Family Sayings by Natalia Ginzburg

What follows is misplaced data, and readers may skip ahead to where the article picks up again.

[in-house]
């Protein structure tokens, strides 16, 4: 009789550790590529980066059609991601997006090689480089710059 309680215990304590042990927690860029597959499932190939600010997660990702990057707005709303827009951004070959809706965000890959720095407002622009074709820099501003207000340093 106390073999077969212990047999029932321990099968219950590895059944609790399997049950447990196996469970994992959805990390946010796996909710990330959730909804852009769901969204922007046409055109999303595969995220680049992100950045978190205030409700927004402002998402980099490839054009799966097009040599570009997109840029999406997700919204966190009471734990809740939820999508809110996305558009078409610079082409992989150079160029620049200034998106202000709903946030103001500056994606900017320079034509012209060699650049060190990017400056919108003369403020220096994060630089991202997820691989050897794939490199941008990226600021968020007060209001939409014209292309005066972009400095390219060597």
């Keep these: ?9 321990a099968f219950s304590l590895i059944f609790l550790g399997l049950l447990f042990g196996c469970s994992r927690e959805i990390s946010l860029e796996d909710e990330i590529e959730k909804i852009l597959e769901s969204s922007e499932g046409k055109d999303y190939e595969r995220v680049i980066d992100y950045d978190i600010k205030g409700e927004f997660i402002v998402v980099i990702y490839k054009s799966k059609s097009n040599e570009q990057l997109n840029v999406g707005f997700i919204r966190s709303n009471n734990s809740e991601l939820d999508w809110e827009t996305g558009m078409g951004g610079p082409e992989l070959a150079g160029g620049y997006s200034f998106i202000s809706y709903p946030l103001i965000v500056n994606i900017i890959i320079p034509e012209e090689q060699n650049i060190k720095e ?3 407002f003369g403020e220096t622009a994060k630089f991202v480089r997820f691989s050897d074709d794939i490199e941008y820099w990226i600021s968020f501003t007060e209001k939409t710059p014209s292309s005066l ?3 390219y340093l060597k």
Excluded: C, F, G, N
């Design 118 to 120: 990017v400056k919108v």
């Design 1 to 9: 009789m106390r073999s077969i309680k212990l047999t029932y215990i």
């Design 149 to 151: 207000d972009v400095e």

Family Sayings (Original title Lessico famigliare) is a novel by the Italian author Natalia Ginzburg, first published in 1963. It is a semi-biographical description of aspects of the daily life of her family, dominated by her father, the renowned histologist, Giuseppe Levi. The book is both an ironic and affectionate chronicle of life in the period 1920-1950, portrayed in terms of habits, behavior and, above all, linguistic communications, from which the book takes its title. People and events are brought to life by what they do and what they say. In addition to family members, including her mother, father, brothers and sisters the book also describes many friends and acquaintances. The book covers the period of fascism in Italy and the early post-war years. It describes the death in custody of her husband Leone Ginzburg, a noted anti-fascist, and the persecution of the Jews in Italy during the period of Benito Mussolini. It ends with the suicide of the writer Cesare Pavese in 1950 and disillusionment at the failure to achieve the aims of the war-time resistance movement. The novel won the Strega Prize in 1963.